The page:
The game, admittedly, is very clunky when you start getting into larger engagements. Anything more than 4 Mechs on the mapsheet at once will result in 30-45 minutes a turn (about comparable to a turn of Axis and Allies, actually). If this isn't your thing, then I don't blame you, but if you keep at it you'll form incredible memories of desperate battles against overwhelming odds and rich storylines that you got to participate in. I love this game with a passion and it'll be the last one you'll ever see me part with in my collection.
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What I missed from all the reviews is - are there any scenarios and a campaign (with objectives) in this kit that you can play with? Or is it just a matter of who kills who first, as another person put it, until you buy the add-ons?
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cody_au wrote:
What I missed from all the reviews is - are there any scenarios and a campaign (with objectives) in this kit that you can play with? Or is it just a matter of who kills who first, as another person put it, until you buy the add-ons?

Thanks for your question. Out of the box, the missions go beyond "you shoot him, and he shoots you".In fact, Battletech would have probably died out a long time ago if that's all the game had.

But most missions actually consist of a mission, as in, you have to achieve an objective, keep a guy alive, reach a certain point of the map, and those are just "simple" missions. There are campaigns but you'll want to nab a starterbook (either the Wolf & Blake book or Sword & Dragon) to get those. Or, you could just come up with your own. And of course, the other supplimentary books provide plenty of extra rules for running campaigns witrh persistent effects, a branching storyline, etc.
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Thanks for your answer.

Can you give an example of one? Looking at pictures of the board, it looks like a big brown thing with a bunch of hexes on it. It doesn't look like you have terrain or cover or cities or anything to shoot about and run about trying to do things.

Most current games have tiles you'd lay on top to create areas (like in Memoir 44, etc), but I didn't see any here in the images. How do the provided scenarios work then?

Sorry if it sounds like a silly question ;-)
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cody_au wrote:
Thanks for your answer.

Can you give an example of one? Looking at pictures of the board, it looks like a big brown thing with a bunch of hexes on it. It doesn't look like you have terrain or cover or cities or anything to shoot about and run about trying to do things.

Most current games have tiles you'd lay on top to create areas (like in Memoir 44, etc), but I didn't see any here in the images. How do the provided scenarios work then?

Sorry if it sounds like a silly question ;-)

Nope, not a silly question at all. For starters, there are multiple maps (which are mounted; far superior to the paper ones I used as a kid) in the kit. Some have trees. Some have water. Some have roads. The objectives are not necessarily "Go blow up this tree on this side of the map". Iirc, the scenarios are more along the lines of "Destroy this specific mech and then flee off the south side of the map" and King of the Hill varieties and stuff like that.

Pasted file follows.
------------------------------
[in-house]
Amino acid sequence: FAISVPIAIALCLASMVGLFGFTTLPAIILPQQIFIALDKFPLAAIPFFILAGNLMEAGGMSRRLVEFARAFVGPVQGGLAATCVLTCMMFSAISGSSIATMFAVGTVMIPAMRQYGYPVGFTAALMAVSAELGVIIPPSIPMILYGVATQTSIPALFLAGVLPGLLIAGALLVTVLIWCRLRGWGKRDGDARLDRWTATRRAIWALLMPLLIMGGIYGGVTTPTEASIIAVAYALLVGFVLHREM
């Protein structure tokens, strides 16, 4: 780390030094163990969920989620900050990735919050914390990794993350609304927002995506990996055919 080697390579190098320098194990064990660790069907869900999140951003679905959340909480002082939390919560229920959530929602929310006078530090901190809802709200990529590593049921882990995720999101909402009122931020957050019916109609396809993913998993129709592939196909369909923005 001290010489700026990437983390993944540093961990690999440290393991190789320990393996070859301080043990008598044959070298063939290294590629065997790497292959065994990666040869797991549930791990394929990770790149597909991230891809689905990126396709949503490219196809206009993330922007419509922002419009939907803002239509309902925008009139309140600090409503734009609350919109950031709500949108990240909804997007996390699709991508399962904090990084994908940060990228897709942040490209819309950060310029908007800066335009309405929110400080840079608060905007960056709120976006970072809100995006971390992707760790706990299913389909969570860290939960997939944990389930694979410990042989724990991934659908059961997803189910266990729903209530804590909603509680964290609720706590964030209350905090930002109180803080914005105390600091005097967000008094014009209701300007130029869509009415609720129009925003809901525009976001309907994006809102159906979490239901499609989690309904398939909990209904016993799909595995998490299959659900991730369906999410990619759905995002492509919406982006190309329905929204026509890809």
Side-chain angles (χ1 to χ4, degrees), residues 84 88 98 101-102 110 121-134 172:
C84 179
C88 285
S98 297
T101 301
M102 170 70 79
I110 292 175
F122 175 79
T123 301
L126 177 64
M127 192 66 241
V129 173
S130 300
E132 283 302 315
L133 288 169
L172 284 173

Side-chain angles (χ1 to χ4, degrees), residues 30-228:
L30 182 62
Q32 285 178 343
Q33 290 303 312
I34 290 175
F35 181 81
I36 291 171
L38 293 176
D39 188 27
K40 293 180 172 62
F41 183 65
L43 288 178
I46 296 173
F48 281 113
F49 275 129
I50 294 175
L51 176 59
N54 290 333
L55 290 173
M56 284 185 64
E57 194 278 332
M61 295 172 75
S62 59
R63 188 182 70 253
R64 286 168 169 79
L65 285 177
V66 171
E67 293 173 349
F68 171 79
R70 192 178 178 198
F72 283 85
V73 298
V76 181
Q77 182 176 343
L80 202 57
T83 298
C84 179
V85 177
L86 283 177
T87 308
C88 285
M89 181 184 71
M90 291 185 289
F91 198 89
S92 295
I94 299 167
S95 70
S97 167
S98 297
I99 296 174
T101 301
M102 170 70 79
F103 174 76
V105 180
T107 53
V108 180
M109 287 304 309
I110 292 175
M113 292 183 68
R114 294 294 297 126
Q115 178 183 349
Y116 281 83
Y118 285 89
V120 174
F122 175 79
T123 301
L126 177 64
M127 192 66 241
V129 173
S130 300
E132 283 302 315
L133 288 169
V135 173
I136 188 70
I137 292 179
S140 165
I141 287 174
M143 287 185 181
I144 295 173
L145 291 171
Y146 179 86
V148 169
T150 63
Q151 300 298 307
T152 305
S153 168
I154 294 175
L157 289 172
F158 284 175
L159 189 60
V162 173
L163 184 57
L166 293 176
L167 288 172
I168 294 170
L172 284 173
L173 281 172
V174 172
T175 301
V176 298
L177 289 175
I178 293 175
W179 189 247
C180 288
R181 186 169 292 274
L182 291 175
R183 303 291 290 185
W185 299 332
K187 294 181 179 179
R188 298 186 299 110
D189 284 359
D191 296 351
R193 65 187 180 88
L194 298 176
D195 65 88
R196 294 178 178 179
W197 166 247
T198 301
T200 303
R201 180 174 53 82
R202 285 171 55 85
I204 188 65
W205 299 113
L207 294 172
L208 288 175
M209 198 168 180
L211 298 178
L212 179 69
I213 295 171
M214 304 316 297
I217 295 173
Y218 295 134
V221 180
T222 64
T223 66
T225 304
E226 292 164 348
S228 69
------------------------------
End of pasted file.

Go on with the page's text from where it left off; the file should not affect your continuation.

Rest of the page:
But the scenarios in the base game don't hold a candle to the stuff you'd find in those starter Campaign books. If you're looking for campaign play, I'd highly encourage you to learn the game using the Intro set and then upgrade to a campaign after you've learned the basics.
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I'm a long-time player of BT, read the novels and the like, so I may be out of line... But I've never seen anyone from the community act unwelcoming or cold to new players. If anything, they provide links to sites containing overview information, or provide it themselves. Links to additional resources, fan sites and suggestions on what kind of mechs to start with (before the new box game came out), and so on. In 2 (older) incidents, I saw people playing battletech and encouraged me to join in, having never met me before.
I do not doubt your personal experience, and I don't deny there are those cold off-set people out there, but between my run ins with Catalyst and the BT community, I'd give them a A.

I love the game, and this was an awesome review. But I also share your thought that it is not a game for everyone.
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Joshua Love
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cody_au wrote:
Thanks for your answer.

Can you give an example of one? Looking at pictures of the board, it looks like a big brown thing with a bunch of hexes on it. It doesn't look like you have terrain or cover or cities or anything to shoot about and run about trying to do things.

Most current games have tiles you'd lay on top to create areas (like in Memoir 44, etc), but I didn't see any here in the images. How do the provided scenarios work then?

Sorry if it sounds like a silly question ;-)